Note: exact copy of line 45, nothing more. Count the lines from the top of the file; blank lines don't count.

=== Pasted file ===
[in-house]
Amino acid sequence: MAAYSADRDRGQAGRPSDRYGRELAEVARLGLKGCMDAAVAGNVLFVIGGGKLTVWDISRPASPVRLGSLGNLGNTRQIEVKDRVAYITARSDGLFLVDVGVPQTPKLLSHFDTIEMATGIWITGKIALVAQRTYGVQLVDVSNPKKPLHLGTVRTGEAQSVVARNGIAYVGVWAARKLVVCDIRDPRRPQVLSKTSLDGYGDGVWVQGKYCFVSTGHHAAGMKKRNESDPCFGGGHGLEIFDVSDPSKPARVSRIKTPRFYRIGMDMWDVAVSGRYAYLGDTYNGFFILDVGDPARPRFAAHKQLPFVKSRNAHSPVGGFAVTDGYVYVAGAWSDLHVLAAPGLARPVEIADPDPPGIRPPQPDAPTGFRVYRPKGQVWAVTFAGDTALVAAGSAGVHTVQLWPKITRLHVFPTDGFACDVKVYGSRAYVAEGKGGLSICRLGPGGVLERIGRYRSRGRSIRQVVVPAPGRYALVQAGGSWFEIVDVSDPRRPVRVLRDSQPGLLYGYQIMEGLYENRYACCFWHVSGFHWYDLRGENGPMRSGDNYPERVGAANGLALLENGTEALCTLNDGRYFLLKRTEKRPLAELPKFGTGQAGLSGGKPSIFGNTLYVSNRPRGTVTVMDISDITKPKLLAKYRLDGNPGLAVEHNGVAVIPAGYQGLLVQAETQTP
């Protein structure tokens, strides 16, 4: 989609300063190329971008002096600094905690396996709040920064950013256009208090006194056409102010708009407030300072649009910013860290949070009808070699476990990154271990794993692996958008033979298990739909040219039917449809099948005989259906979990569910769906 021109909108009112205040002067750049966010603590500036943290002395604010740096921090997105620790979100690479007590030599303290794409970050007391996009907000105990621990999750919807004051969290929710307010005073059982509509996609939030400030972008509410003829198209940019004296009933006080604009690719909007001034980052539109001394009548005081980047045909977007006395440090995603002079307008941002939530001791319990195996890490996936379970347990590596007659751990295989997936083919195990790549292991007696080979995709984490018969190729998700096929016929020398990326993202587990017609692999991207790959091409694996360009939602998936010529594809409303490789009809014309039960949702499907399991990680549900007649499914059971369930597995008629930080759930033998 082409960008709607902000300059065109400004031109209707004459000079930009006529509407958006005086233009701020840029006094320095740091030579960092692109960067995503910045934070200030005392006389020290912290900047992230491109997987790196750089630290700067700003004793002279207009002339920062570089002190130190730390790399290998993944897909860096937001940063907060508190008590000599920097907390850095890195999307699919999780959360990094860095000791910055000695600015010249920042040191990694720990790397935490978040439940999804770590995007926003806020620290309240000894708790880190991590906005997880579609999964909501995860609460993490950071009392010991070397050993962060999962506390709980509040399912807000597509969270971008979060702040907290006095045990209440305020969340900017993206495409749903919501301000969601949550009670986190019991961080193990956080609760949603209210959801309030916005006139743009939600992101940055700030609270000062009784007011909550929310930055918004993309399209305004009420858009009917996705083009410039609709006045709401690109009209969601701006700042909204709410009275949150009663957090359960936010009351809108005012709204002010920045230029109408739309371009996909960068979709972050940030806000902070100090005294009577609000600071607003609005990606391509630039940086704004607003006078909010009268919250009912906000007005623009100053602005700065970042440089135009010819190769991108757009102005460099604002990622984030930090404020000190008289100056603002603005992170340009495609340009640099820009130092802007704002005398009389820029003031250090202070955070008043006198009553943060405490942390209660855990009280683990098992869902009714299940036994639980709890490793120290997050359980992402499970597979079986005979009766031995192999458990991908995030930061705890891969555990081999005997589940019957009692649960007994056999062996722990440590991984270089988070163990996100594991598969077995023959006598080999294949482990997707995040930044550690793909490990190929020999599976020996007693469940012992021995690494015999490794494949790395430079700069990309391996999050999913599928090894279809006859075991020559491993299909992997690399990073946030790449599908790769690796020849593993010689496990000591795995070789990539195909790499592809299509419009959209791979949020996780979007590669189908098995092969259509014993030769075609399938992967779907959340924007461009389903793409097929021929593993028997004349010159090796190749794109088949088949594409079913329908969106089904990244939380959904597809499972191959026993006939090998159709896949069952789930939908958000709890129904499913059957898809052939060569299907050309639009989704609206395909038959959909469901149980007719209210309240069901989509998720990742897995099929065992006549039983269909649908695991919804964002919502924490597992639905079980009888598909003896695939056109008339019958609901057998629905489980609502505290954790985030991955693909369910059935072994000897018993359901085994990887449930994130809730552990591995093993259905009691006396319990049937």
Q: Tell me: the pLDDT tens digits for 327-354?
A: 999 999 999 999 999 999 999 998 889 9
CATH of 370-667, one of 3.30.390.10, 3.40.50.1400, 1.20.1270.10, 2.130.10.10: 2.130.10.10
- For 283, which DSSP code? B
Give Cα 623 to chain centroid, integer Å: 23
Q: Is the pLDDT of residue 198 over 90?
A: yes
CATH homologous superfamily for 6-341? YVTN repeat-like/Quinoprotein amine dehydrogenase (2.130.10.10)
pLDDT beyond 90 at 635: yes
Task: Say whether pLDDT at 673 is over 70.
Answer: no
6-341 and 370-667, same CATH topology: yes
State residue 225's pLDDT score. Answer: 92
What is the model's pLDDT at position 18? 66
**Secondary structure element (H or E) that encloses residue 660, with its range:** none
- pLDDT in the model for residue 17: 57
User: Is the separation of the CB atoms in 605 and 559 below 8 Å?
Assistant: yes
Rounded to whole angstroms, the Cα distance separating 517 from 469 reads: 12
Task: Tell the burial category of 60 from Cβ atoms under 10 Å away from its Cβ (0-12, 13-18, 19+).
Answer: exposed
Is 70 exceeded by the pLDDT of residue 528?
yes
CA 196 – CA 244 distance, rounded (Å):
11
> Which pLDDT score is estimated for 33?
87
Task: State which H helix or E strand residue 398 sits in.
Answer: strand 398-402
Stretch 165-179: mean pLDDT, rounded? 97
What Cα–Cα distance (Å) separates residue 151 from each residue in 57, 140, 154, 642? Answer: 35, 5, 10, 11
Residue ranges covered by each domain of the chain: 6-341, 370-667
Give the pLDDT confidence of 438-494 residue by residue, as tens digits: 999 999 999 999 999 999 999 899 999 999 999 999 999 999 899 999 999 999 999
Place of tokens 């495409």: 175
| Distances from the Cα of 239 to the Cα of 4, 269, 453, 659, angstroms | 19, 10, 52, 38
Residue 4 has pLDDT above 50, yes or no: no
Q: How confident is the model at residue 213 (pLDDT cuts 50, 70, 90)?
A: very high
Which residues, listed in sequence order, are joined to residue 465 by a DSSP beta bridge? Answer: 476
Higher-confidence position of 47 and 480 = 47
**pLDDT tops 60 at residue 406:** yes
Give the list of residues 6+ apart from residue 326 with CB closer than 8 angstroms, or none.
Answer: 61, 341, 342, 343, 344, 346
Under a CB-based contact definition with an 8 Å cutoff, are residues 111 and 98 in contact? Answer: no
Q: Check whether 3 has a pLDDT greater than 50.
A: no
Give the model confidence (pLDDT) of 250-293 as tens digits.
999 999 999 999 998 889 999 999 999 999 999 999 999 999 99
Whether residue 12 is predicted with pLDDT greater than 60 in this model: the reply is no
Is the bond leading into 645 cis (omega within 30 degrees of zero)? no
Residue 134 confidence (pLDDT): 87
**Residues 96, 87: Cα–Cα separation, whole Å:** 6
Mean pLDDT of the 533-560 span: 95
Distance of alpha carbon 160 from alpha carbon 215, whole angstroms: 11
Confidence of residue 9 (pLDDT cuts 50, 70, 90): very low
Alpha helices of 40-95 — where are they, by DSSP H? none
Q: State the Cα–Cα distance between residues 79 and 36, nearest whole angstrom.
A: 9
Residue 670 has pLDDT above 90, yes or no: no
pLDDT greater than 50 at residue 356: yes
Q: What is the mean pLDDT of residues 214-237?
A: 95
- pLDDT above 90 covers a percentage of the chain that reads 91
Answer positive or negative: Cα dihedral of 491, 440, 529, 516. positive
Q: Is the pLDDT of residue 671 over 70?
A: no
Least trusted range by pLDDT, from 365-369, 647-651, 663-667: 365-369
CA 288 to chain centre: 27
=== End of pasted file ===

Give the list of residues 6+ apart from residue 326 with CB closer than 8 angstroms, or none.